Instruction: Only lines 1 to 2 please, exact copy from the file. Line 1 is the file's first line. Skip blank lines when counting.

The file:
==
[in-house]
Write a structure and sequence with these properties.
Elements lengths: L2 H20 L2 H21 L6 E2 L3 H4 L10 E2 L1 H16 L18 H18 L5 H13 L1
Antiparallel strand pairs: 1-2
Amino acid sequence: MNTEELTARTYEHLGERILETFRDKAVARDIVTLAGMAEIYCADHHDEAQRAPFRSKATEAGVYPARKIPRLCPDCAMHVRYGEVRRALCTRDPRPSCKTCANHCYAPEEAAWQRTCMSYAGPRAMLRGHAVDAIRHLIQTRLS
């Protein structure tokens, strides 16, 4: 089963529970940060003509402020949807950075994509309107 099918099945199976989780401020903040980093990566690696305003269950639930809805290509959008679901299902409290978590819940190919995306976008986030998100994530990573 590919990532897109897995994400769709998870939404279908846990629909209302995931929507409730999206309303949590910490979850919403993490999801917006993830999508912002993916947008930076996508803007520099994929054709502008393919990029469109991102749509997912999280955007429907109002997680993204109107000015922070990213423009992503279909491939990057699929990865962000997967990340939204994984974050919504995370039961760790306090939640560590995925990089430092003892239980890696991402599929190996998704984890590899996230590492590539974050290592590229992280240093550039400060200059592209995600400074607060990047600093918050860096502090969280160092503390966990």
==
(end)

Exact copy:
[in-house]
Write a structure and sequence with these properties.